In an ideal world, we all hope to leave the world a better place, to make a difference somehow, to have our life matter. Julie Felix, who died recently, aged 81, has left behind a legacy far greater than her half century career as a folk singer. But to dismiss her just as a protest singer of yesteryear would be to ignore her much larger contribution. The singer-songwriter was also a humanitarian and human rights activist, having been politicised in the 1960s and active in peace and environmental movements.
Born and raised in Santa Barbara, with Mexican, Welsh and Native American ancestry, her passion for music was instilled by her father, a Mexican mariachi ensemble musician who played guitar and accordion. While as a child she wanted to be a Catholic nun, as a teenager she started singing at beach parties and coffee bars, but with limited prospects she took inspiration Jack Kerouac’s ‘On The Road’, and with US$1,000 saved, she hitchhiked across Europe, and in 1962 on the bohemian island of Hydra met a poet who needed encouragement to turn his words into songs. That poet was a certain Leonard Cohen. With her guitar and a duffel bag Julie went onto the UK, where she was ‘discovered’ by David Frost, and after featuring on his satirical Report show (she sang with Cohen when he made his TV debut – if you get the chance, there’s a Youtube clip of her singing with Cohen ‘That’s No Way to Say Goodbye’ https://www.youtube.com/watch?v=f1EJ-ITAcEU), she got her own primetime show on BBC ‘Once More With Felix’ which included guests The Bee Gees, The Kinks, Fleetwood Mac, The Hollies and Spike Milligan. She become the first solo folk performer to sign with a major British record label. Despite her American accent, and even though she sang the songs of America’s Woody Guthrie, Bob Dylan, and Paul Simon, she was claimed as ‘Britain’s answer to Joan Baez’, a fellow American she was sometimes mistaken for.
She became a household name, TV star and Top Twenty recording artist, known for her engaging voice, charming manner and empathy for others. When she visited New Zealand in 1971 she sang at a mass protest of 27,000 against conscription for the Vietnam War, and one of her most performed songs was Dylan’s ‘Masters of War’, a song she said was more relevant over the years. She recorded a double album of Dylan’s songs, and was a contemporary and friend of many of the counter-culture key figures including Arlo Guthrie (‘This Land is Your Land’), Dusty Springfield, Paul McCartney, Cat Stevens, Jimmy Page, Tom Paxton and Leonard Cohen. Julie was one of McCartney’s girlfriends, and it is said he sang ‘Strawberry Fields Forever’ to her before it was first performed publicly. She didn’t live a wild rock n’ roll lifestyle, though was once arrested at Heathrow airport for possession of cannabis.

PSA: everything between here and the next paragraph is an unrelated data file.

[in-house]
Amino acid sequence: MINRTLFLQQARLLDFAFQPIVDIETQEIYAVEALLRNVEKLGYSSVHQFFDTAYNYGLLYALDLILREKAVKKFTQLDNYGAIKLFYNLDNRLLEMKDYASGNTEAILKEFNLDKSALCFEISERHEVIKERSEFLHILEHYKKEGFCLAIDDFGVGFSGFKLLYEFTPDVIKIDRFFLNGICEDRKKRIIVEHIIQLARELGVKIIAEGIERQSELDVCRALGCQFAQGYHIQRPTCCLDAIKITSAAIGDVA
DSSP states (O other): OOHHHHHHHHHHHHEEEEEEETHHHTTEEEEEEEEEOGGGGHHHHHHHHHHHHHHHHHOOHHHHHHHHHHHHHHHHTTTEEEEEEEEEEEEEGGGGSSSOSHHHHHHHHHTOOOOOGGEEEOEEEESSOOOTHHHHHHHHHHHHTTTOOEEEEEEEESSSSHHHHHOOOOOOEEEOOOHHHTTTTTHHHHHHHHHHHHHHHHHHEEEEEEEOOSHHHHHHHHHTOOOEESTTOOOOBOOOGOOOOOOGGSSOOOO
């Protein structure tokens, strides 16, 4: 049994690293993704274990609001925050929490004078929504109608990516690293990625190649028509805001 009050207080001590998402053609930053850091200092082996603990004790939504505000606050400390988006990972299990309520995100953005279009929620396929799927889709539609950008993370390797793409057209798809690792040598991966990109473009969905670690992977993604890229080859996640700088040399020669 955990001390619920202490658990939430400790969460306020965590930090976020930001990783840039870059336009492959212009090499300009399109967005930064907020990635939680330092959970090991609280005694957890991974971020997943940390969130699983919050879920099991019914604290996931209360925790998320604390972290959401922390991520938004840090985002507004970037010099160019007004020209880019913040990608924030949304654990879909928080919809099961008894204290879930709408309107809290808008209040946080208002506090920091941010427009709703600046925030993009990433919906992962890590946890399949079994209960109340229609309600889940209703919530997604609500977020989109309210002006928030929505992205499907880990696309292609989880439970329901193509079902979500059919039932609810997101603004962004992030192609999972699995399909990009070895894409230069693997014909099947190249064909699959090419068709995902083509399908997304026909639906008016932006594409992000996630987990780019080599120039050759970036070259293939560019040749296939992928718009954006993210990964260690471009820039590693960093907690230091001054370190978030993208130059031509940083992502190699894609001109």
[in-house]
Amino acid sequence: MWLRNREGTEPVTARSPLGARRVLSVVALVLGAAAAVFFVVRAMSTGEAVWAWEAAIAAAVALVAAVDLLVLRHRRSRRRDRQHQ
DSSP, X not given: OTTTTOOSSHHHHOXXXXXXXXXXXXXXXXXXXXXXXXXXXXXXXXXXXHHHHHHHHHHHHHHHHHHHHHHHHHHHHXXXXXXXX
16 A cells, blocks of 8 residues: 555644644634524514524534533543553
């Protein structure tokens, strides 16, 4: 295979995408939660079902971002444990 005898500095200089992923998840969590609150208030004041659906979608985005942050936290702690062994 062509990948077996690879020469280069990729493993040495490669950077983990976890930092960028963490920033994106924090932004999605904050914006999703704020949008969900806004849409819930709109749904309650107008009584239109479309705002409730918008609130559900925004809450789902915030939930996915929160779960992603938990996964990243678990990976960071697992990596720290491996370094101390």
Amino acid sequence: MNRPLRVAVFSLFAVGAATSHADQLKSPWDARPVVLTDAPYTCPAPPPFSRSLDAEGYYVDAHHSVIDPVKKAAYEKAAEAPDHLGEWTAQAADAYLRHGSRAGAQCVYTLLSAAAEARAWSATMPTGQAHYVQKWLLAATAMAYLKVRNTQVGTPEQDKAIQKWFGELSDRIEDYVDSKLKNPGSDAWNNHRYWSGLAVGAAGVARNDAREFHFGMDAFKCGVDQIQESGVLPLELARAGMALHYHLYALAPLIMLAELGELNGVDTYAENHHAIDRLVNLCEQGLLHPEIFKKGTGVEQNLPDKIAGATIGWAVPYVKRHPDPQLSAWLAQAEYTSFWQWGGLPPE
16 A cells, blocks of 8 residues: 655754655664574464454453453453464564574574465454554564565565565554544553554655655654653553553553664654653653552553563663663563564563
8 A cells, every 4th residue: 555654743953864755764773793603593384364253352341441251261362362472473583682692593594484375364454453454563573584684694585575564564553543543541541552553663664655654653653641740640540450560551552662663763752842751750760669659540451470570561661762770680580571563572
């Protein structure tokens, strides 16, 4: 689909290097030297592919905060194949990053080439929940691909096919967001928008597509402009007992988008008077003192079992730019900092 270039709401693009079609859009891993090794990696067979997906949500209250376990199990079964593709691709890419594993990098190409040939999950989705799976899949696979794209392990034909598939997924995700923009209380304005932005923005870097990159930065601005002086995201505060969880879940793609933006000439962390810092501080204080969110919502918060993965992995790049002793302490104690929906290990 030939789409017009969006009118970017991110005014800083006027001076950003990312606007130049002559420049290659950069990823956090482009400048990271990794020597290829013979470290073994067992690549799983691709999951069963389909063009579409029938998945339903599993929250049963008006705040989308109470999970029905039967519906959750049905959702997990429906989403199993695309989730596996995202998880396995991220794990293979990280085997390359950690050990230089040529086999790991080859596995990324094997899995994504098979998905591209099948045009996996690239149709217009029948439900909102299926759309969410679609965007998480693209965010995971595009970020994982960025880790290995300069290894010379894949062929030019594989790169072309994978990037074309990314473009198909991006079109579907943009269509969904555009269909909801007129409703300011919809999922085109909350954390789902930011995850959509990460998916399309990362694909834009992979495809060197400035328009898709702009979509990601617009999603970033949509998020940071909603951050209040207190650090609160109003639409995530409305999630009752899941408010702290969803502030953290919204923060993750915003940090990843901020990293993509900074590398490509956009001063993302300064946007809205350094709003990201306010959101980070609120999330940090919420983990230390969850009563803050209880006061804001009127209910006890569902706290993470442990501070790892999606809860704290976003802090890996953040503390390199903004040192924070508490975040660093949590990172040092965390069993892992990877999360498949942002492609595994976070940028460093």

But she wasn’t just a singer of protest songs, she had a deep concern for the world, the environment, and its people, particularly those oppressed. As well as being a singer, social justice, human rights and peace were important to her, and she was involved in many initiatives, charities and humanitarian causes for women’s rights, refugees, and victims of oppression, including projects to end the military use of landmines in Third World countries, and as an ambassador in the Middle East and Africa for Christian Aid.
One of her most requested songs is ‘Deportee (Plane Wreck at Lost Gatos)’, about the mistreatment of migrant farmers. Many generations of children might not know that she is the person who sang the ‘Going to the Zoo’ song (https://www.youtube.com/watch?v=WgCiE_tiyQo).
I met Julie in the 1990s. She once said that music is like breathing to her, and she was grateful at being able to make music and share it with others.
She was still touring, recording and performing into this year, with an album released in 2018 of her own songs, and a schedule of concerts planned for 2020.She died on Sunday 22nd March, on the weekend when the UK went into lockdown.
Julie leaves a deep legacy not just musically but in her ideals and how she strived to make a difference. She was both a product of her time, and ahead of her time, in wanting to make the world a better place, and being prepared to speak up, particularly for those without a voice. In a divided world, she saw no divisions, only an unrealised global consciousness, that we are all one, all children of the universe.